Ric Richardson

@ricricho

Combifactor vs Multifactor Authentication

July 24th 2018

Step up authentication and 2FA makes users feel secure. Being asked to get your phone out and swipe an app feels satisfyingly secure but it also gets tiresome awful quick.

Iris scanning, facial recognition, Yubikeys, FIDO, SMS one time codes, Google Authenticator, PING swipe, TokenOne and on and on. Asking our customers to take “just one more step”, to thumb scan, to swipe an app, to type a onetime sms code, to look up an email all feels like a reasonable ask until it isn’t.

The reality is that consumers and business users resent being asked to jump through more hoops or to learn another authentication procedure. So while the top end of the security spectrum supports more varied and complex authentication flavours, the average user is fighting even the most basic efforts to secure their accounts.

“Frankly, if a bank could use a Facebook logon for authentication they’d grab a load of new customers. Face it. Probably the most abdicated role of modern digital life is a persons online security.”

So if humans are resistant to anything but the most basic security procedures what’s to do?

Security authentication 101 dictates a simple set of factors. “Something you know”, “something you are” and “something you have”. If you combine these with a humans resistance to anything complex you are left with a fairly straightforward dilemma.

How do you take the minimum, most convenient work that a human will undertake and then use technology to amplify that work so that it reaches and surpasses the strength and resilience of the most conscientious attacker?

Enter Combi-factor Authentication.

This hybrid of existing multi factor techniques starts out with the assumption that a human only needs to identify themselves to the device they are using. The first factor. From there on out the device can use all manner of complicated other factors to amplify and combine with the first factor to produce a powerful multi factor authentication. An authentication act that is combined into one action from the users perspective.

In its simplest form this could be a PIN or a simple password.

In my research in the field we at Haventec settled on a combi-factor approach that uses a rolling public key pair system (“something you have”), and device fingerprinting (“another thing you have”) as two different uniquely identifying factors. These very powerful and complex factors are combined with the users “something I know” (their PIN or password) and voila… you have a complex multi-factor authentication that has only asked the user for a PIN or simple password. One simple action that they have been doing for over a decade.

Another side benefit of this approach is that there is no saved PIN, password or even hash on the server side. No compare is ever done. The rolling key pair (where the private key is never stored on the server side) and where the key pairs change every connection means that the system leaves no liability footprint, no hacker honeypot on the enterprise network to attack.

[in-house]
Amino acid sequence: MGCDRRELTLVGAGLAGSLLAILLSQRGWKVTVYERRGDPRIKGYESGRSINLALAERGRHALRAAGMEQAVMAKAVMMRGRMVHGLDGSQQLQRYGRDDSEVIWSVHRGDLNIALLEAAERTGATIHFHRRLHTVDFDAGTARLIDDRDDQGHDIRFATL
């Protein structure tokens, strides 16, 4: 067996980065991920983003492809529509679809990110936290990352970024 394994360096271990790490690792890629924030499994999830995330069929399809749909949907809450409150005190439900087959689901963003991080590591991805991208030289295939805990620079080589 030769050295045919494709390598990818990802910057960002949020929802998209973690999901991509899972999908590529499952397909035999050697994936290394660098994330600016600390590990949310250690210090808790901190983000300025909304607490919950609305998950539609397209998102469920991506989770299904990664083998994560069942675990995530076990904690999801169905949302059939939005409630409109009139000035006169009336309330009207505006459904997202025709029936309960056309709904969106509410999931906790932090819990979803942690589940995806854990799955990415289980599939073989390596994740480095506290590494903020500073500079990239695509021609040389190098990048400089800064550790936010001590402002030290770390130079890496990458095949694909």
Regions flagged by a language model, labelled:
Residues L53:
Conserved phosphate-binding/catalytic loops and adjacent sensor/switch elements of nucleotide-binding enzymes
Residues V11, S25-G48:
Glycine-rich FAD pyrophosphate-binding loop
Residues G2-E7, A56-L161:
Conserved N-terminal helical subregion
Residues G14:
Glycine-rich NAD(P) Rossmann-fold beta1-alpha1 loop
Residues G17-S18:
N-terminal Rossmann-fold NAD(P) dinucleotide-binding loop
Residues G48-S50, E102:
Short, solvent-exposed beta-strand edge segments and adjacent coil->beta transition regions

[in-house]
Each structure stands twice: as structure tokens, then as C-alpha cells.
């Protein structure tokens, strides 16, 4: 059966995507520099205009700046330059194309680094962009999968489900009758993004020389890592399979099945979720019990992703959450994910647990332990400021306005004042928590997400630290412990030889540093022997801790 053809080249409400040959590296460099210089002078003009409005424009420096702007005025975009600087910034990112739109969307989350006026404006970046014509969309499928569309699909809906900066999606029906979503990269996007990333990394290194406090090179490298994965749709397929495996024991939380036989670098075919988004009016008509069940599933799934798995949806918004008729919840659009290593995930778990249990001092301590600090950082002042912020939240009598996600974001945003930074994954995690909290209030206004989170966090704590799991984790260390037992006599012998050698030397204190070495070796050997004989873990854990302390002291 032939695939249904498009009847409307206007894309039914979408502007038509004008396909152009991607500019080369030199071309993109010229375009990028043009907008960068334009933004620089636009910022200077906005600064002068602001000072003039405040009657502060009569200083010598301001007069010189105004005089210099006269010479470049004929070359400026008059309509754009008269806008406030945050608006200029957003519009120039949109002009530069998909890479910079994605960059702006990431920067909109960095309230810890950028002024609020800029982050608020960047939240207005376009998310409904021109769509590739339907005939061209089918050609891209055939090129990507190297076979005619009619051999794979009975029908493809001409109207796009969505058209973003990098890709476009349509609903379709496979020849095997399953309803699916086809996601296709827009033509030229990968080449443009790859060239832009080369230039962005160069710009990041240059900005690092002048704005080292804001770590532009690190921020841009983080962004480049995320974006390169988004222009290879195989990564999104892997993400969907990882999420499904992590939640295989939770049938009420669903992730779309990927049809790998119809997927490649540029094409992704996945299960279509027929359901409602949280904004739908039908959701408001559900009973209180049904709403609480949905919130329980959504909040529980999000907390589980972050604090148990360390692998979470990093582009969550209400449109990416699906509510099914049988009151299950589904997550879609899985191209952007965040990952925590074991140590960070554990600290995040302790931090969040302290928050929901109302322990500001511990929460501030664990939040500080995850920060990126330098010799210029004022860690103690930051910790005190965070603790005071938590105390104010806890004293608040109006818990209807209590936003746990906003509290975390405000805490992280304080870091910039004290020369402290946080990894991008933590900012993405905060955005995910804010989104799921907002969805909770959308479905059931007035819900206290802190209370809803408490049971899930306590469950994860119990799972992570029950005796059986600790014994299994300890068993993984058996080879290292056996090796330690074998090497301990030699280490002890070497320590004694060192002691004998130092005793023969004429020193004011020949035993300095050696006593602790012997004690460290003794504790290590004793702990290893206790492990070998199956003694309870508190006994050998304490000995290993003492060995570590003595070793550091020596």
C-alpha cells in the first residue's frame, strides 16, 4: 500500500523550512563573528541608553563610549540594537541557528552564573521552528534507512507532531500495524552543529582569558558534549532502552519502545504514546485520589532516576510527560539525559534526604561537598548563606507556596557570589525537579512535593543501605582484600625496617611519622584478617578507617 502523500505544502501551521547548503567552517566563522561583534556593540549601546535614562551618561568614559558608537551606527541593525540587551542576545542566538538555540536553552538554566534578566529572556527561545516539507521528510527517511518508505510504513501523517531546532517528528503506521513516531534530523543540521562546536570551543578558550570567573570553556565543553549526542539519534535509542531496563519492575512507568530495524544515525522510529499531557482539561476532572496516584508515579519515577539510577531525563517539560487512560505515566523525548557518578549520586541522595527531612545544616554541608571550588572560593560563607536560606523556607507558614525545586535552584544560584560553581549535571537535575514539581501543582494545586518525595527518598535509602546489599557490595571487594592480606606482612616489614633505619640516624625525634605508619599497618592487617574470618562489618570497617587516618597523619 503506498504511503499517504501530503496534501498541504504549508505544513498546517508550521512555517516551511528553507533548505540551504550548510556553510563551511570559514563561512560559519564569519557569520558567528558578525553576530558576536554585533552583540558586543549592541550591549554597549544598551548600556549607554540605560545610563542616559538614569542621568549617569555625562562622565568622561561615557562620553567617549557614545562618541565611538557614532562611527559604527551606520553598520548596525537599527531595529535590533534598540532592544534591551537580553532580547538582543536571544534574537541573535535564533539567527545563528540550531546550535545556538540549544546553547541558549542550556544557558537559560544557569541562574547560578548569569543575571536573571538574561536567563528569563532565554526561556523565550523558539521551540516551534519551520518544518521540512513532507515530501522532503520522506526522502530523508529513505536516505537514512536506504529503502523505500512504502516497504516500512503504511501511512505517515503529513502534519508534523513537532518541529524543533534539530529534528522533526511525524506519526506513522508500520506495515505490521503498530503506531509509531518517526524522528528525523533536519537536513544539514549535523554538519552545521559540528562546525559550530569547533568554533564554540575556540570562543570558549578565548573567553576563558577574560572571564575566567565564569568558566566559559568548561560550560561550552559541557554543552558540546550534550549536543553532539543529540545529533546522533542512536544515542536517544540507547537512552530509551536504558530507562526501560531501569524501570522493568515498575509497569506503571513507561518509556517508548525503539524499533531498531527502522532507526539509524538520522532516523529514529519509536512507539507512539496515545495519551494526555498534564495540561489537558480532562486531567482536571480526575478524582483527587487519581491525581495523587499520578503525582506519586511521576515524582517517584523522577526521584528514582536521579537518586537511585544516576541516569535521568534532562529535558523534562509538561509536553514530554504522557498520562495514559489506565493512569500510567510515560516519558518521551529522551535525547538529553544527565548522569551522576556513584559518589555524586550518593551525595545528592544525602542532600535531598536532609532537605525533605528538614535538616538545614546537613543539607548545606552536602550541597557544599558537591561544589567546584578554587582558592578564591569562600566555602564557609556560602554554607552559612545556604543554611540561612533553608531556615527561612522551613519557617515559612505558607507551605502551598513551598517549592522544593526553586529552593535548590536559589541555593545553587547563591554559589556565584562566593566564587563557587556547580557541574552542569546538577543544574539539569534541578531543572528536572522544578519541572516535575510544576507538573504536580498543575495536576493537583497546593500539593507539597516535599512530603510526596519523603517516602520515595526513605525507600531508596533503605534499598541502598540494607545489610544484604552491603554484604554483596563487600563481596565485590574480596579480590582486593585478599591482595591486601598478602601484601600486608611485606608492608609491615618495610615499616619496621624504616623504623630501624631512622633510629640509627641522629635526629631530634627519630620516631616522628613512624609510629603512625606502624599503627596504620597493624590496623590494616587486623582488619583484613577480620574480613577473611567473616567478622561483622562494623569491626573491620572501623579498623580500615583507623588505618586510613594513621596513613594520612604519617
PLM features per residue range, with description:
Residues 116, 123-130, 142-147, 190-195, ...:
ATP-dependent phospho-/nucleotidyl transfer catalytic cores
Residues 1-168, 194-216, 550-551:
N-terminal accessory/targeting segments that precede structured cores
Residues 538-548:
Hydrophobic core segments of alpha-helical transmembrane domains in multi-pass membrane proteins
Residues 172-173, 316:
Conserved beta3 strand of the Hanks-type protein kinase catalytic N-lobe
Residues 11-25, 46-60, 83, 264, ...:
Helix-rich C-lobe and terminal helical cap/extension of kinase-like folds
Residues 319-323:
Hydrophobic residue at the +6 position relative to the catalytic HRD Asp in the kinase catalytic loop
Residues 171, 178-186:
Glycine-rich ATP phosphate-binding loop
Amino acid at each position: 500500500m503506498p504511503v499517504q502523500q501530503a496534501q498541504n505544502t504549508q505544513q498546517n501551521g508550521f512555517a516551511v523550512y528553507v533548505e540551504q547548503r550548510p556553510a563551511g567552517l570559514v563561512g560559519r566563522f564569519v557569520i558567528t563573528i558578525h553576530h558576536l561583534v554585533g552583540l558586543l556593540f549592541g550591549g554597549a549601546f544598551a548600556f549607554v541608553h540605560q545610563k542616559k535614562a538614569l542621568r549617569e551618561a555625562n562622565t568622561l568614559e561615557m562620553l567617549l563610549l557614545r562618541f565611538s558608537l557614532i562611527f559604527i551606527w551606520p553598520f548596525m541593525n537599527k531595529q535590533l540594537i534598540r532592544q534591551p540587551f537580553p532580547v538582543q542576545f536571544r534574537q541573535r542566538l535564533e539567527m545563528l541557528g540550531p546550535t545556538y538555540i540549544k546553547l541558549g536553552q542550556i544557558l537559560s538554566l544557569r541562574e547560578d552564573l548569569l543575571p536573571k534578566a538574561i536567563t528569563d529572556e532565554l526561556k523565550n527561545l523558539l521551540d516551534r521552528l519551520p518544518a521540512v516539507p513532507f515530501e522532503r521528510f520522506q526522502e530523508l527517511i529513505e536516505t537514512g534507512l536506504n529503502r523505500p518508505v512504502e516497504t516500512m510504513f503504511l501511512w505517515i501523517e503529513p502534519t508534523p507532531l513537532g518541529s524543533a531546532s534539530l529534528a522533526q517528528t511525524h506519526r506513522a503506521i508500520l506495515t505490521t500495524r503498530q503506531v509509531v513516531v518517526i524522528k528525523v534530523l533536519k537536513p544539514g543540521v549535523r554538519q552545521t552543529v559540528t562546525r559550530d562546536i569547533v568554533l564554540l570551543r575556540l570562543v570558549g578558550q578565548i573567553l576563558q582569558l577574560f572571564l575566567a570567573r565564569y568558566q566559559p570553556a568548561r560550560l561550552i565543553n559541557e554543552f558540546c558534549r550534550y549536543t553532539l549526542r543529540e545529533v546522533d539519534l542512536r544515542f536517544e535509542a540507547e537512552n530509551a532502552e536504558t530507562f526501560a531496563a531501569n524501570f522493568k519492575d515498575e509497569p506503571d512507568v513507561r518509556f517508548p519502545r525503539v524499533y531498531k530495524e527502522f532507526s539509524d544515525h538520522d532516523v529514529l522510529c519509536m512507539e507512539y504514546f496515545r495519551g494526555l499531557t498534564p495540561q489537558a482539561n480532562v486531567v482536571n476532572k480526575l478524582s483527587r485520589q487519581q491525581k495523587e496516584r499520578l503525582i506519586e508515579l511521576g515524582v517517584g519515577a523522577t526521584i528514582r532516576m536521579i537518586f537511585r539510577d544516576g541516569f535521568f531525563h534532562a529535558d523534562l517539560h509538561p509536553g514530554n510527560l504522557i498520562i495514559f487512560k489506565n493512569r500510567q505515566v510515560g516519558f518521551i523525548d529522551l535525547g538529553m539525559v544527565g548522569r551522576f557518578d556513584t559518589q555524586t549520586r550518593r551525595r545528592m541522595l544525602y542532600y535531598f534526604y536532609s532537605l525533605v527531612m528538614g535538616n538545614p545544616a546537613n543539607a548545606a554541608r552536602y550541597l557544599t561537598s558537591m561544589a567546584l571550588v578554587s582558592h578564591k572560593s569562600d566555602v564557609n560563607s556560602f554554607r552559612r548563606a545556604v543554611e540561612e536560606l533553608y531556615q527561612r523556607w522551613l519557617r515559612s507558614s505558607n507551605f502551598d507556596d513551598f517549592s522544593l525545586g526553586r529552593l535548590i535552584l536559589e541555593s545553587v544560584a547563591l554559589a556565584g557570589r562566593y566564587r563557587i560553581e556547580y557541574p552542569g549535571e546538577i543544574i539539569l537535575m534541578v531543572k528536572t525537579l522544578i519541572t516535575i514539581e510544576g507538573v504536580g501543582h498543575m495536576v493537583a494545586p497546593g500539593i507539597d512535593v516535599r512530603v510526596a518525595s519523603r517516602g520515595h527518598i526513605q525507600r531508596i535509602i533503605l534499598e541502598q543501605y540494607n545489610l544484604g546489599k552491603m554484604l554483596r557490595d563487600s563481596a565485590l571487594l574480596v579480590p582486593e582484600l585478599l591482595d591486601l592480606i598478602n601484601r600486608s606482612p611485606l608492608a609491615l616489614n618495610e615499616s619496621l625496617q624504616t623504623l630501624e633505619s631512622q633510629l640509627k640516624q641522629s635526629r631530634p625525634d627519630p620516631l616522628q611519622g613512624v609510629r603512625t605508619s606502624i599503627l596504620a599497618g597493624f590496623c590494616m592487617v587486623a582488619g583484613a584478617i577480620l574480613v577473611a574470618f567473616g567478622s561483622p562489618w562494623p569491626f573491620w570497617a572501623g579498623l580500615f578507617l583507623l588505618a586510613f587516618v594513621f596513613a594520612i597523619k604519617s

In conclusion combi-factors are the only way to ramp up the complexity of security attack countermeasures without asking humans to jump through more hoops.

Even though combi-factors can come in any flavour (ie device ID’s with biometrics etc etc) we found that a serious advantage was to be had in moving the “something I know” to a supportive rather than primary factor position.

Let me explain. Until today usernames and passwords were the primary identification and authentication factors. Additional factors such as fingerprints or SMS codes or security dongles have always been positioned as secondary factors. The “just in case” extra measure of security.

When complex factors such as key pairs and device fingerprints are used as the primary identity factors, the pressure can be reduced on security surrounding human identifiable factors such as PINs and passwords.

If an attacker has a users PIN but they don’t have the device with the rolling keys then they can’t access the account. Even the efficacy of a simple four digit PIN is hugely amplified when combined with public keys are that are rolled and a device fingerprinting regimen.

For clarity Haventec does support any and all human identifiable factors via plug-in or device capability (ie IOS finger scan and key chain) but this article shows how simple standards used by most people in the world (PIN and Visa card or username and password) can be used in concert with the most powerful and hardened authentication technologies to deliver true high end security without all the fuss.

About the author: Ric Richardson is an inventor who became known for his work on a widely used form of software activation and a controversial 9 year patent litigation with Microsoft. He founded Haventec to leverage rolling public keys for the purpose of Authentication to help make the world more secure for his parents who struggle with anything but the most simple passwords. Haventec is dedicated to providing ever more sophisticated attack vector solutions while simplifying digital life for all users, young, old, sophisticated and not. And to do so for every application from national security and banking on down.

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